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Old 07-24-2007, 10:49 PM   #1
Allen Yeh
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Default Just say no to Oxycontin

Rant on:

Before my wife's surgery I had only heard about oxycontin when people talked about painkiller addiction briefly on the news here and there. Now as my wife has been trying to get off of this I am only too aware of how terrible this stuff is.

Initially after her surgery they had her on a morphine drip and moved her to a combination of percoset and oxycontin 3x a day. That combination didn't seem to be able to do much to diminish her pain and so after 3 days they moved her to a oxycontin 3x a day and oxycondone(liquid oxycontin basically) 6x a day. It worked great for the pain though it left her a bit foggy somedays.

Fast forward to mid July, as she started to cut back on the oxycontin/oxycodone combination she started getting progressively tired though at the time we had no idea what was causing her to feel worse all of a sudden. Last week at her doctors appointment with the neurologist he was somewhat shocked when he heard that they had sent her home with a 30 day supply of oxycontin/oxycondone without instructions to ramp down (other than going by feeling). He promptly told her to stop the oxycontin and switched her to vicodin.

This is where the fun begins, thursday was her first day without it and she felt more alert than she had for weeks even though the pain was considerably worse. Friday, the pain was till there but other than being a bit tired, nothing much else to report other than some weird mood related things. Saturday wasn't too bad, Sunday was terrible, everything I had seen on tv/movies about heroin withdrawal was what was happening in my house AND we weren't told/warned at all other than what I decided to research via google. Hot/cold flashes, curled on the floor, puking, so dizzy that she couldn't stand, uncontrollable mood swings (bawling about anything/everything to pissed off about the same things), couldn't keep any food down, water the only thing she could keep down at all until monday afternoon.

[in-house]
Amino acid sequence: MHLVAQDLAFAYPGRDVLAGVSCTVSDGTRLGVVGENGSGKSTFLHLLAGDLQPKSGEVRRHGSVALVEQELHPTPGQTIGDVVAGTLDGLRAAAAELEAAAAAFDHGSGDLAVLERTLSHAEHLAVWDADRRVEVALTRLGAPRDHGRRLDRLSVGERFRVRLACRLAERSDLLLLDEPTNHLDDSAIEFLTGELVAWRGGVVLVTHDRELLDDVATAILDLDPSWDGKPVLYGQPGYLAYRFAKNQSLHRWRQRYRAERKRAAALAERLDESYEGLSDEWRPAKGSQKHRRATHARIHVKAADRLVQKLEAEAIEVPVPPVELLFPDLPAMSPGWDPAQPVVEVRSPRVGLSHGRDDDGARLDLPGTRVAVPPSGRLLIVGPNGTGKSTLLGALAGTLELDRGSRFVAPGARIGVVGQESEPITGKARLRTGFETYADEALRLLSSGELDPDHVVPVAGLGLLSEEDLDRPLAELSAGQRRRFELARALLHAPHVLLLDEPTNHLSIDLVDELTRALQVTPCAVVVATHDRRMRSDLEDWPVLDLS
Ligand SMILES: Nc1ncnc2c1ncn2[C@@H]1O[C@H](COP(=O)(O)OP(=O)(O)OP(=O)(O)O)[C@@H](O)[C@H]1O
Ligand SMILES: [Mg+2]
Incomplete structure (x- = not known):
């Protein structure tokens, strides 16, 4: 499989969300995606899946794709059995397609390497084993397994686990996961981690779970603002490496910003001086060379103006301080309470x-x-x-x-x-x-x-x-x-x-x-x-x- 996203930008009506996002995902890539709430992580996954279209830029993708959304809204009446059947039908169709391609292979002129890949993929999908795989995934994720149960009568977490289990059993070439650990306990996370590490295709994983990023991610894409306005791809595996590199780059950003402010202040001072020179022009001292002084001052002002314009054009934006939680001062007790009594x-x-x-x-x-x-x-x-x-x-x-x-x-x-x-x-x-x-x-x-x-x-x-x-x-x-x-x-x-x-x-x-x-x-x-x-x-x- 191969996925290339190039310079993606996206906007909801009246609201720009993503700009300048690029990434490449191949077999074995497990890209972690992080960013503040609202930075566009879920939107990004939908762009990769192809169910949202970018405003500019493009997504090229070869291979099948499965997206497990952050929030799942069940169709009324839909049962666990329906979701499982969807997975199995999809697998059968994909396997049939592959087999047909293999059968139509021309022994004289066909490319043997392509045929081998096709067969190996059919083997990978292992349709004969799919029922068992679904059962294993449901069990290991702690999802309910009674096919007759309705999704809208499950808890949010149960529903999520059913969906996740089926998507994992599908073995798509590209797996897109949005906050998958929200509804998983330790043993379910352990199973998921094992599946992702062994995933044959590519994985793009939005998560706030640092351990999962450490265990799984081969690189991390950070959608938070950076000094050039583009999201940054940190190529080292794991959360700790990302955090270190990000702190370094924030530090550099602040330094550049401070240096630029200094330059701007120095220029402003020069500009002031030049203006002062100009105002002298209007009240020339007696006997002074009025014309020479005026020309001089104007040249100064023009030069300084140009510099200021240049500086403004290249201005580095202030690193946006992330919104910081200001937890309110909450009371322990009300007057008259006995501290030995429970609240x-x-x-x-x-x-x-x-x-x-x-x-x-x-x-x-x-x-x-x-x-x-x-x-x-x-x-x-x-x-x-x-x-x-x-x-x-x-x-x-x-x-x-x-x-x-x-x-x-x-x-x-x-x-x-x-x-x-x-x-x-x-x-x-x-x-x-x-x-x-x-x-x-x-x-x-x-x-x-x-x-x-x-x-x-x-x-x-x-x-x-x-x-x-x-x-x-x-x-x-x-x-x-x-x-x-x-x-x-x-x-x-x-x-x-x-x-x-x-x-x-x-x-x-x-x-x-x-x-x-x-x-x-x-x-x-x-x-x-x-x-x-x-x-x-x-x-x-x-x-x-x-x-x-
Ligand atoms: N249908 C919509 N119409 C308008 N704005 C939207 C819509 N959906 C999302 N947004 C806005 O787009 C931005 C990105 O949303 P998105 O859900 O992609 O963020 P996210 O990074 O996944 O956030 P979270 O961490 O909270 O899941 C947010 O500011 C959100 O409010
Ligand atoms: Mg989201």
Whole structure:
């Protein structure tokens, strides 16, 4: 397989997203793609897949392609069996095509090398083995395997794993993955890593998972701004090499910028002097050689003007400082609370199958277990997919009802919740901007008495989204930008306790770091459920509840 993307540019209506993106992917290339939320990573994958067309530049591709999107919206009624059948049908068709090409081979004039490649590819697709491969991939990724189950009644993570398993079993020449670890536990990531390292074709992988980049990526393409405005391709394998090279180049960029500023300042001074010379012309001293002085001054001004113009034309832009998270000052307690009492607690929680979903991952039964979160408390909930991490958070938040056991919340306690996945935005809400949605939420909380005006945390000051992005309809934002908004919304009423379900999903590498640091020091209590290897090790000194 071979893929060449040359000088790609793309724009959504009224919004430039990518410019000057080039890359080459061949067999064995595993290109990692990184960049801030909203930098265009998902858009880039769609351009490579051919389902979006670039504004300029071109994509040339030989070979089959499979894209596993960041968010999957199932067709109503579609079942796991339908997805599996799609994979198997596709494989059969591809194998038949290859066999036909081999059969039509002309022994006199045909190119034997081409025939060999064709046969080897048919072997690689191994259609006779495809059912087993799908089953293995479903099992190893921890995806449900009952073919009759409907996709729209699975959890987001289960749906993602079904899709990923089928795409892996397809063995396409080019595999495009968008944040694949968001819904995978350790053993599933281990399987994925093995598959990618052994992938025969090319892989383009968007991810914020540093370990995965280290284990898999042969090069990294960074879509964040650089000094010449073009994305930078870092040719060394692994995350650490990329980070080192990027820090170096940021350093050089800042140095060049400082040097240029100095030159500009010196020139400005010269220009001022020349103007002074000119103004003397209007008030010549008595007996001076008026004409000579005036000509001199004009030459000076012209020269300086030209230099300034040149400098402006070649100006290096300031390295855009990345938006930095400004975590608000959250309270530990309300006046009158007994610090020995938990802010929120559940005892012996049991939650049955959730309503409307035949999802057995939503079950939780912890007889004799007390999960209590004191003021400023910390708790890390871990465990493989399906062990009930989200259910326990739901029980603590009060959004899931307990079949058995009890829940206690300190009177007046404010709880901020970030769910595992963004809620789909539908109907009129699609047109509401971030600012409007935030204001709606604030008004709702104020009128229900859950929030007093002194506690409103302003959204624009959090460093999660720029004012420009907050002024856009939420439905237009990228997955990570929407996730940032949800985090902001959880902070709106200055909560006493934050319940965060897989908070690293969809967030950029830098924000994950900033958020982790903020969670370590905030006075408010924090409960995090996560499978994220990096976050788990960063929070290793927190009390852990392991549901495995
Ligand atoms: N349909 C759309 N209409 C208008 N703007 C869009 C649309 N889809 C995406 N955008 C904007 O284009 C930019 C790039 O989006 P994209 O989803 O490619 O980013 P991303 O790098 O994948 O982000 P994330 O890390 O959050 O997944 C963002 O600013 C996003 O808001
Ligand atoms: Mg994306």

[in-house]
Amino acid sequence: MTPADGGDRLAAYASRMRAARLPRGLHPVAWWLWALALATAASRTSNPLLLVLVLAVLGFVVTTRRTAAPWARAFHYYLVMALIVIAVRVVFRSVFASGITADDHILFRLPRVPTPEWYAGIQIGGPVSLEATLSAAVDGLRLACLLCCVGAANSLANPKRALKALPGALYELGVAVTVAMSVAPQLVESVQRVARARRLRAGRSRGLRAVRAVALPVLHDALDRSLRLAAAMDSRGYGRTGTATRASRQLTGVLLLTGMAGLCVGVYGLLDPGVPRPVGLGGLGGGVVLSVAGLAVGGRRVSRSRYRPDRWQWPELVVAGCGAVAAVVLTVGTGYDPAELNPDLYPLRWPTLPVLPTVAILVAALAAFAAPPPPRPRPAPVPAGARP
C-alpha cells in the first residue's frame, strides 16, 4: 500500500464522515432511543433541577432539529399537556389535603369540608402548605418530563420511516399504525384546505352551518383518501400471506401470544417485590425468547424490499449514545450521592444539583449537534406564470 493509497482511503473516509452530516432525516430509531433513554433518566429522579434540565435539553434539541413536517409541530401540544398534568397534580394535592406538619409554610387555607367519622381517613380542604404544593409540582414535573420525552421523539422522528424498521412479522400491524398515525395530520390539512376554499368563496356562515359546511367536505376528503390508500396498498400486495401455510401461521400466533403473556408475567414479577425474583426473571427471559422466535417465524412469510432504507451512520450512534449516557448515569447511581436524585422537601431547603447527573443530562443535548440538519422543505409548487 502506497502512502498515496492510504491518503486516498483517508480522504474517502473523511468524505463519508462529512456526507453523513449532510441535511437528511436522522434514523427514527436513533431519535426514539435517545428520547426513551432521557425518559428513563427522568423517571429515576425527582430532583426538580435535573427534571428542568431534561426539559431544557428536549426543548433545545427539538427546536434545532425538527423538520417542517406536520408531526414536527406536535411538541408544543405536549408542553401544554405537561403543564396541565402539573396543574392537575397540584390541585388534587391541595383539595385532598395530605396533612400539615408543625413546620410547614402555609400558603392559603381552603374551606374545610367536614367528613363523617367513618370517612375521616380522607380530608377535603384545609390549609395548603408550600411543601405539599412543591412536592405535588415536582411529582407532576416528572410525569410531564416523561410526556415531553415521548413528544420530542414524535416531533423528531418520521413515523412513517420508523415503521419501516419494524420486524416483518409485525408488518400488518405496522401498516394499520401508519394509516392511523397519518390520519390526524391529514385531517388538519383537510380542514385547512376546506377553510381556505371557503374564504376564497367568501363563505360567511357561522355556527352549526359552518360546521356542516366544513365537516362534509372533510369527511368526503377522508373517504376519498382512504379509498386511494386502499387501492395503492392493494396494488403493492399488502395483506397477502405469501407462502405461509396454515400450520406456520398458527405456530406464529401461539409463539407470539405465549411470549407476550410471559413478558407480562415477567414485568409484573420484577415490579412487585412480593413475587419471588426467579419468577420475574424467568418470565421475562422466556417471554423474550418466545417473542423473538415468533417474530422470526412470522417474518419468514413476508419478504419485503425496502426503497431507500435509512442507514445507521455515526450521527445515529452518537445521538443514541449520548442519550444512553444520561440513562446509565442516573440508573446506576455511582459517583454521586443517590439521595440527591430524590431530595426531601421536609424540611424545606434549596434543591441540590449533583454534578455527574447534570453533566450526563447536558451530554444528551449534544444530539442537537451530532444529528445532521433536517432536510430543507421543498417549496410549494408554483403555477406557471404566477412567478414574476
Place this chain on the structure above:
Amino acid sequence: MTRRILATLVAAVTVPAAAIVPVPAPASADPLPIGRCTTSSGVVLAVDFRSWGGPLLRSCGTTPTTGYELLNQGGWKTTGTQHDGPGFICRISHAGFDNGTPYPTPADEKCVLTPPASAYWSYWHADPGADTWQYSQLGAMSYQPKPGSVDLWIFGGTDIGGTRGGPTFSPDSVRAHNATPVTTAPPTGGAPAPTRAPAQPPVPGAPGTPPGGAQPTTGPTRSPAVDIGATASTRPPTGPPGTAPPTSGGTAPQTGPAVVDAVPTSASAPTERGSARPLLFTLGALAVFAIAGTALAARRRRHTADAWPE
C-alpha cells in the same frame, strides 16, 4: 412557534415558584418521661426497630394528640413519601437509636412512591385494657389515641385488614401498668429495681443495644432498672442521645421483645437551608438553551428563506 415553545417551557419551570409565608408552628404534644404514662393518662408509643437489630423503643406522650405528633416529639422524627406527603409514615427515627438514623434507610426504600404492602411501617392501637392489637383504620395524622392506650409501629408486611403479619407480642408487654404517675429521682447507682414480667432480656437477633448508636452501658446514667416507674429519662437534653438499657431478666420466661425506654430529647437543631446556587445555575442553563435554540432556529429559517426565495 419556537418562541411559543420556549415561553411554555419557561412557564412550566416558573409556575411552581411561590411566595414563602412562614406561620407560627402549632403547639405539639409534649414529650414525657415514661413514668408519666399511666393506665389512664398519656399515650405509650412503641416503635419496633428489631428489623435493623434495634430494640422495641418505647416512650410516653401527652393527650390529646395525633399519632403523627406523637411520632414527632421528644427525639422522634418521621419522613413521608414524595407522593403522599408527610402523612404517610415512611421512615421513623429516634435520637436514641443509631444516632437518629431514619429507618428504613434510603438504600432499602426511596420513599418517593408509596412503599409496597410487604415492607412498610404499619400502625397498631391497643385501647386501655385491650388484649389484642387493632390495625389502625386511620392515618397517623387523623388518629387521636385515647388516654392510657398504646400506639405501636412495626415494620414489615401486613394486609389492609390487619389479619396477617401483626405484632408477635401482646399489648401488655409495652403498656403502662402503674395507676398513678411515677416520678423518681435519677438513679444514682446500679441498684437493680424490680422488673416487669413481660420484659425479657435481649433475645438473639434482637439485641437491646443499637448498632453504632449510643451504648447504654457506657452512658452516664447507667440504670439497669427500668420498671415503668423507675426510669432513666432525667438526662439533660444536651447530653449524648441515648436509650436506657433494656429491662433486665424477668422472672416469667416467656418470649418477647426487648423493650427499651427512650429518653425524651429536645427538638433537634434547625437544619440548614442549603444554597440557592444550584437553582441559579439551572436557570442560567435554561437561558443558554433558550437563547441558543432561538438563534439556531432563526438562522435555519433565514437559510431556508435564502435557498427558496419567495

She's doing better now but still has moments where she just incapacitated and then seems ok and is able to keep her food down.


This makes me think about what went wrong??? Was the hospital wrong for not sending her more specific instructions? Was her doctor wrong for not warning her at all? Were we wrong for not doing out research about this drug before agreeing to her taking it a total of 9x/day some days?? Now she refuses to take her vicodin also saying that she'd rather be in pain than to go through anything like right now, and while part of me understands that, another part of me is afraid the pain will be too much.

Final message:

Of course it's easy for me to say, don't take/let loved ones take oxycontin but being/seeing a loved one in extreme pain is no great treat either.

Rant off
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Old 07-25-2007, 05:35 AM   #2
Steve Shafley